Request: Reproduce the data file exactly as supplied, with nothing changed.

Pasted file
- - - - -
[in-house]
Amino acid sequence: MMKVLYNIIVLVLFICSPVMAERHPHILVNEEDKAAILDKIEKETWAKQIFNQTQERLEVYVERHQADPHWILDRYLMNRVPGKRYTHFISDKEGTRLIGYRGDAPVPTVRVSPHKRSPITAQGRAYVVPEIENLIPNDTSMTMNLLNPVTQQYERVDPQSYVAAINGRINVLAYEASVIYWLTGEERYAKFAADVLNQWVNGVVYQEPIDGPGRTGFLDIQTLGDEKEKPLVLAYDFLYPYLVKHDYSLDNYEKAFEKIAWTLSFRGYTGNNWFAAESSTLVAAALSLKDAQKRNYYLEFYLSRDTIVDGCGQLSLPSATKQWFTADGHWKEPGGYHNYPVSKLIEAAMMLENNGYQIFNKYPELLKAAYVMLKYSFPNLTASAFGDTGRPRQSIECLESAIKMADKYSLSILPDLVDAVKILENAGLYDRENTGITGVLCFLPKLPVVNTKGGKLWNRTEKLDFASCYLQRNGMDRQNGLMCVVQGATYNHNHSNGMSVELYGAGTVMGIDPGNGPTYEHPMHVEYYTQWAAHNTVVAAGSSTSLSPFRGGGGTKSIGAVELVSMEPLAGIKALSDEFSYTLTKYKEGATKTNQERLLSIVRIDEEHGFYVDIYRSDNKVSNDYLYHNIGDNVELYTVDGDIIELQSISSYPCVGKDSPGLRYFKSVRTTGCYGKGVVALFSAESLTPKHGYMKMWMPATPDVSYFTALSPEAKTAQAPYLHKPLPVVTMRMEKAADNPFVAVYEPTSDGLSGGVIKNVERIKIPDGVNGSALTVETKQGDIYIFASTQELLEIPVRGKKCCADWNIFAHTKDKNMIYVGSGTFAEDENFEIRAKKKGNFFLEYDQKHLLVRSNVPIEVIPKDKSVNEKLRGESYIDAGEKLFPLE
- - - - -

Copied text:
[in-house]
Amino acid sequence: MMKVLYNIIVLVLFICSPVMAERHPHILVNEEDKAAILDKIEKETWAKQIFNQTQERLEVYVERHQADPHWILDRYLMNRVPGKRYTHFISDKEGTRLIGYRGDAPVPTVRVSPHKRSPITAQGRAYVVPEIENLIPNDTSMTMNLLNPVTQQYERVDPQSYVAAINGRINVLAYEASVIYWLTGEERYAKFAADVLNQWVNGVVYQEPIDGPGRTGFLDIQTLGDEKEKPLVLAYDFLYPYLVKHDYSLDNYEKAFEKIAWTLSFRGYTGNNWFAAESSTLVAAALSLKDAQKRNYYLEFYLSRDTIVDGCGQLSLPSATKQWFTADGHWKEPGGYHNYPVSKLIEAAMMLENNGYQIFNKYPELLKAAYVMLKYSFPNLTASAFGDTGRPRQSIECLESAIKMADKYSLSILPDLVDAVKILENAGLYDRENTGITGVLCFLPKLPVVNTKGGKLWNRTEKLDFASCYLQRNGMDRQNGLMCVVQGATYNHNHSNGMSVELYGAGTVMGIDPGNGPTYEHPMHVEYYTQWAAHNTVVAAGSSTSLSPFRGGGGTKSIGAVELVSMEPLAGIKALSDEFSYTLTKYKEGATKTNQERLLSIVRIDEEHGFYVDIYRSDNKVSNDYLYHNIGDNVELYTVDGDIIELQSISSYPCVGKDSPGLRYFKSVRTTGCYGKGVVALFSAESLTPKHGYMKMWMPATPDVSYFTALSPEAKTAQAPYLHKPLPVVTMRMEKAADNPFVAVYEPTSDGLSGGVIKNVERIKIPDGVNGSALTVETKQGDIYIFASTQELLEIPVRGKKCCADWNIFAHTKDKNMIYVGSGTFAEDENFEIRAKKKGNFFLEYDQKHLLVRSNVPIEVIPKDKSVNEKLRGESYIDAGEKLFPLE